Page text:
Year in Review – JULY

George Pendleton has the Long-Awaited Honors

Here are some new events highlighting events which had an impact on residents of Prowers County

Ribbon Cutting Held for MRI Unit at PMC

“After several years of planning, we’re celebrating the official grand opening of Prowers Medical Center’s MRI unit with our ribbon cutting,” said PMC, Chief Executive Officer, Karen Bryant during the ceremony Wednesday morning, July 27th at the hospital.

“This new suite will provide a more comfortable experience for our patients, faster testing times and it will offer our staff a greater degree of safety and security, she added as George Pendleton cut the ribbon outside the new MRI suite.  Pendleton, Bryant explained, had won the opportunity to be the official ribbon cutting individual during the PMC Foundation’s fund-raising gala back in 2019.

The $3.6 million MRI unit, Magnetic Resonance Imaging, replaces the old one that had been in operation for 15 years from a narrow trailer adjacent to the PMC facility.  Patients had to endure all types of weather as they entered and exited the trailer for their MRI exam.  Bryant explained, “This addition puts us in direct comparison to some of the larger facilities, if not even better than those on the Front Range.  This is another example of the PMC board and staff working to be able to provide greater medical facilities close to home, eliminating the need for lengthy travel for treatment.”

By Russ Baldwin



County Adopts Rubbish and Junk Regulations

The Prowers County Commissioners and Planning Commission have been working for some time to create an ordinance regulating rubbish and junk accumulations throughout the county.  The commissioners approved the final draft on July 5th.  The regulations were established to compel the removal of rubbish or junk within the unincorporated areas of Prowers County, specifically to help eliminate the accumulation of rubbish and preserve the public health and safety of county residents.  The Ordinance, No. 2022-1 applies to the owner of a property on which a violation occurs, even if committed by a tenant or other occupant.

A problem with junked vehicles abandoned on private lands and sometimes just left on public lands began several years ago and the county, concerned that the practice could spread, continued a discussion with the Planning Commission to address the issue.

A junked vehicle is defined in the ordinance as any motor vehicle which because of a legal or mechanical condition or defect cannot be operated on a public street or highway.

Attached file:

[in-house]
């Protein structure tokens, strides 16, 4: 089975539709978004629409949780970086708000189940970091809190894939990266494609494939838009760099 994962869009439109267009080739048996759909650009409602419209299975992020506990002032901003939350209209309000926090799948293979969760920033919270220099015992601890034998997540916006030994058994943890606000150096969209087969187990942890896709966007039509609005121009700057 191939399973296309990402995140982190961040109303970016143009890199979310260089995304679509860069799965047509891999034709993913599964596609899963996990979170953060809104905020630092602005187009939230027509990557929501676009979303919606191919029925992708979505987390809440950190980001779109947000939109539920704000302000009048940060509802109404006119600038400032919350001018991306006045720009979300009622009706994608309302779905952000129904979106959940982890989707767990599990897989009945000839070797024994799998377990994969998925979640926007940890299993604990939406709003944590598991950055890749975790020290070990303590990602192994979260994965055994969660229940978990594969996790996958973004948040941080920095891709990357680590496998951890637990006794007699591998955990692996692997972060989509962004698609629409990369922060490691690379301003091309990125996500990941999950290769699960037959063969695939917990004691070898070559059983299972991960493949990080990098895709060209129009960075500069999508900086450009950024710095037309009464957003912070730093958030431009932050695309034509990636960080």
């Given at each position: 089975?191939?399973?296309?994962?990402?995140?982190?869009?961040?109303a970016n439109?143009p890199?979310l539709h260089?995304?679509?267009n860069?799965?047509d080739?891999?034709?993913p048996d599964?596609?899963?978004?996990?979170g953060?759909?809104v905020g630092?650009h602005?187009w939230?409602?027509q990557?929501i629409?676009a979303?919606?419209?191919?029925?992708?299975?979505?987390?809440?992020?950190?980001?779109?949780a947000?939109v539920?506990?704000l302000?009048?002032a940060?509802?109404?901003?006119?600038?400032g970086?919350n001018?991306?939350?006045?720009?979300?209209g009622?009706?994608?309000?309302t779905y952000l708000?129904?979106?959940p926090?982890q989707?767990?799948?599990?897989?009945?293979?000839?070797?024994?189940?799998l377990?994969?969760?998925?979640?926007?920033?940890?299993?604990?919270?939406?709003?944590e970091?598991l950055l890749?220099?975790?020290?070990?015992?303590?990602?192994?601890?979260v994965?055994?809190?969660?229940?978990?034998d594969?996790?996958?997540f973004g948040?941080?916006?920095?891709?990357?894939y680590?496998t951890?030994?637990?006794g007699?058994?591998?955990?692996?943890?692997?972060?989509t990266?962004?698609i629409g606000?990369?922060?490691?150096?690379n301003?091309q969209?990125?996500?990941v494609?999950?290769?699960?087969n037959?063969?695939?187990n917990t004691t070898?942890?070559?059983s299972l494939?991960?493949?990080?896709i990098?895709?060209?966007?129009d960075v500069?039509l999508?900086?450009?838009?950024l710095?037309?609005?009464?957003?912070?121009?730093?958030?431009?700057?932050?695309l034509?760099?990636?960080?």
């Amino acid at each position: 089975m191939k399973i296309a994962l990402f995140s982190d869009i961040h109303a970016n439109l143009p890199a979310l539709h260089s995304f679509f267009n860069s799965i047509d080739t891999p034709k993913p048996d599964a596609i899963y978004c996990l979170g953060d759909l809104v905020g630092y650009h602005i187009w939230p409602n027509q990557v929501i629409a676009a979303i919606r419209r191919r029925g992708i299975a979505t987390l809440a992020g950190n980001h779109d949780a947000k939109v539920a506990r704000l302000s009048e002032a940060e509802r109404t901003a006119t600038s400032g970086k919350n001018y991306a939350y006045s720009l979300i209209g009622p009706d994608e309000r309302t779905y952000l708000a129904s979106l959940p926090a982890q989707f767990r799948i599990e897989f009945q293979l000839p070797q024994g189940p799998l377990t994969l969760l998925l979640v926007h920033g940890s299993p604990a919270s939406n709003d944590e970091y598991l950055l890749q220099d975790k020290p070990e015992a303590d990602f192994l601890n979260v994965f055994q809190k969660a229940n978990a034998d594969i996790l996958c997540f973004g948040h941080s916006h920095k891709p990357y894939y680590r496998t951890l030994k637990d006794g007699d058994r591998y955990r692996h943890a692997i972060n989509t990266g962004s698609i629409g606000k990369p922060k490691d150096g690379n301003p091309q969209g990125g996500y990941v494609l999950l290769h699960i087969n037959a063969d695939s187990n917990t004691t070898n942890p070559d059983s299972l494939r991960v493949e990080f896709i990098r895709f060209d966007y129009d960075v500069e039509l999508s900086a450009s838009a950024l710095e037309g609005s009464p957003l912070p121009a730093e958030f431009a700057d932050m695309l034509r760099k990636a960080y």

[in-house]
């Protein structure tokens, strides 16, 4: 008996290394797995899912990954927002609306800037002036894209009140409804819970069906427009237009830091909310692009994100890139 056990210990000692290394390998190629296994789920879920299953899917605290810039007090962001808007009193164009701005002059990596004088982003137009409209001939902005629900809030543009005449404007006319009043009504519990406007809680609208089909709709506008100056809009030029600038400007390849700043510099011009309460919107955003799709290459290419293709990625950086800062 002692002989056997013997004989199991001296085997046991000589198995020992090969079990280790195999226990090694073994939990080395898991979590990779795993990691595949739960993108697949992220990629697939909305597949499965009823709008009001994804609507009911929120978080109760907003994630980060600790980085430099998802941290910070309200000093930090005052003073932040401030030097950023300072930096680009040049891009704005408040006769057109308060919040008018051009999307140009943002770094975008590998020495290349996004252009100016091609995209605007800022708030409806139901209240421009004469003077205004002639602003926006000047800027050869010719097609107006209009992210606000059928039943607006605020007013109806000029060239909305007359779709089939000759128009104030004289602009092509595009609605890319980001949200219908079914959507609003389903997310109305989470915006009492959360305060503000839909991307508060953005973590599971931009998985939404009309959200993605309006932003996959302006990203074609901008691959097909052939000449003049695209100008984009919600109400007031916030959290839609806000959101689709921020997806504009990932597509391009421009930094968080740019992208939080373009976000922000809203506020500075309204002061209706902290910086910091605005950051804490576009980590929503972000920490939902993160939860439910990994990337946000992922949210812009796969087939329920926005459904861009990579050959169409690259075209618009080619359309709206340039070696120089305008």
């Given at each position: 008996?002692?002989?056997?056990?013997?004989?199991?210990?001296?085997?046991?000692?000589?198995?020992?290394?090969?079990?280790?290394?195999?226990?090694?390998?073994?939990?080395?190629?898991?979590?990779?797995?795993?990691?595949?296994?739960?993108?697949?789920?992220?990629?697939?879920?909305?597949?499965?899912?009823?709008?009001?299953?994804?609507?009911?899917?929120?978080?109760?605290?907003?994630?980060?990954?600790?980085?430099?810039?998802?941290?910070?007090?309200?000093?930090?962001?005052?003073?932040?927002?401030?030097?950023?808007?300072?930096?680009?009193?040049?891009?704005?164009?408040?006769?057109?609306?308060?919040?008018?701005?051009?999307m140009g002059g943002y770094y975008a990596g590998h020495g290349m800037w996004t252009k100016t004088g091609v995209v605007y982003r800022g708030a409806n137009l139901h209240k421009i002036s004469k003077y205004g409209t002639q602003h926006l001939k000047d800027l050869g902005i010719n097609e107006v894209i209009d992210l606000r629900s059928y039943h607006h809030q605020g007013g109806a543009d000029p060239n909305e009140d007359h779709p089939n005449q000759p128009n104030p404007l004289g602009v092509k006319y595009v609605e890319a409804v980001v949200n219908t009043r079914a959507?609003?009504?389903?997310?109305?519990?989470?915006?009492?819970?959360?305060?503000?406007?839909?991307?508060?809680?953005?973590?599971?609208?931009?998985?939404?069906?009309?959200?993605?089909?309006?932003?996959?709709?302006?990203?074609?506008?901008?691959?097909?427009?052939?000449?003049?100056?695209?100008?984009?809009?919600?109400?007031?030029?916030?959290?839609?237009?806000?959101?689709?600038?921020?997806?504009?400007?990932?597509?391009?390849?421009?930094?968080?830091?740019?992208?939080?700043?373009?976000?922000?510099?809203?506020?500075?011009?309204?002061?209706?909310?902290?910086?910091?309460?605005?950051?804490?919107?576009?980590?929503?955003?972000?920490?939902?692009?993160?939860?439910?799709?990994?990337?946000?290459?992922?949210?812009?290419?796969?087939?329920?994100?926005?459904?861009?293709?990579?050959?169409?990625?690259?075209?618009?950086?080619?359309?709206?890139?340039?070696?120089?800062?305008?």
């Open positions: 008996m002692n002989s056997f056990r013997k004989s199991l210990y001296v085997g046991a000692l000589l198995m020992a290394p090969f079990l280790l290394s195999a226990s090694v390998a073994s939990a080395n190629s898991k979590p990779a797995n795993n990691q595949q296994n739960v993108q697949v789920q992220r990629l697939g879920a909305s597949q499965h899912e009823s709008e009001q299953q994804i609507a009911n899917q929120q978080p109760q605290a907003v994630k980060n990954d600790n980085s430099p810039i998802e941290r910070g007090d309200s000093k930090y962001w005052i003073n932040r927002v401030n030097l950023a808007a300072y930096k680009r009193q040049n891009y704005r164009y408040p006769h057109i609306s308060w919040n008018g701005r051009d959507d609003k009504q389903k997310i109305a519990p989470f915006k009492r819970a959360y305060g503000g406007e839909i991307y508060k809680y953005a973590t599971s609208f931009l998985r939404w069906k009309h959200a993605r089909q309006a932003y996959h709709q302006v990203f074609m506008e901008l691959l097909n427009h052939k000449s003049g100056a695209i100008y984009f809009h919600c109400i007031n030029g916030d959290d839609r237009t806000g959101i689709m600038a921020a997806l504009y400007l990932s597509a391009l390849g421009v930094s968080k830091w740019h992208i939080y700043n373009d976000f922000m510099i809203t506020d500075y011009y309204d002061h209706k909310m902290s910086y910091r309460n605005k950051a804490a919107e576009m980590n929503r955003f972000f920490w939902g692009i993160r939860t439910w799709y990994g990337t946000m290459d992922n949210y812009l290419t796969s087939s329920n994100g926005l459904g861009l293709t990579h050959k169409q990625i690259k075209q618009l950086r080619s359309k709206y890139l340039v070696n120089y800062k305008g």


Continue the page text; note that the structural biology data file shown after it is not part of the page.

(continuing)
Rubbish is defined as worn out or discarded articles or materials such as bottles, glass, cans, scrap metal, used/worn vehicle parts, rubber, disposable packages or containers, paper, cardboard, furniture, carpet, construction debris, appliances disposed of on the ground and not stored in a completely enclosed building or screened.
By Russ Baldwin



LCC Remodeling Former Main Street Motel into Student Housing

New student housing is on the horizon for Lamar Community College (LCC) students, thanks to the LCC Foundation, several community partners and many generous donors.

The former DJ Main Street View Inn & Suites, also known as the El Mar, is being renovated and updated and turned into student housing and, once complete, will house more than 75 students. in the complex, plus college staff in the apartment.

In total, this will expand LCC’s overall student housing from 228 beds to 310 when fully completed.

The LCC Foundation was also instrumental in the previous housing expansion, when it raised funds to build the 32-bed Prowers House residence hall unit back in 2016.



CPW Orders Emergency Fish Salvage at Queens Reservoir as Drought Intensifies

Photo: Courtesy CPW

LAMAR, Colo. – Colorado Parks and Wildlife on Monday ordered an emergency public fish salvage at Queens Reservoir about 15 miles north of Lamar in Kiowa County due to declining water levels related to intensifying drought conditions.

Queens is a warm water irrigation storage reservoir as part of the Great Plains Reservoir system that includes the Neenoshe, Neegrande, Neesopah and Neeskah reservoirs. Water for the reservoirs comes via a series of canals from the Arkansas River.

Queens, which had been dry from 2005-15, had refilled and CPW had re-established fishery with crappie, catfish, bass, saugeye, walleye and wiper, creating a popular angling opportunity.

But a series of drought years led to increased demands for irrigation water causing Queens to fluctuate. Now, it appears the reservoir may run dry again due to ongoing drought.



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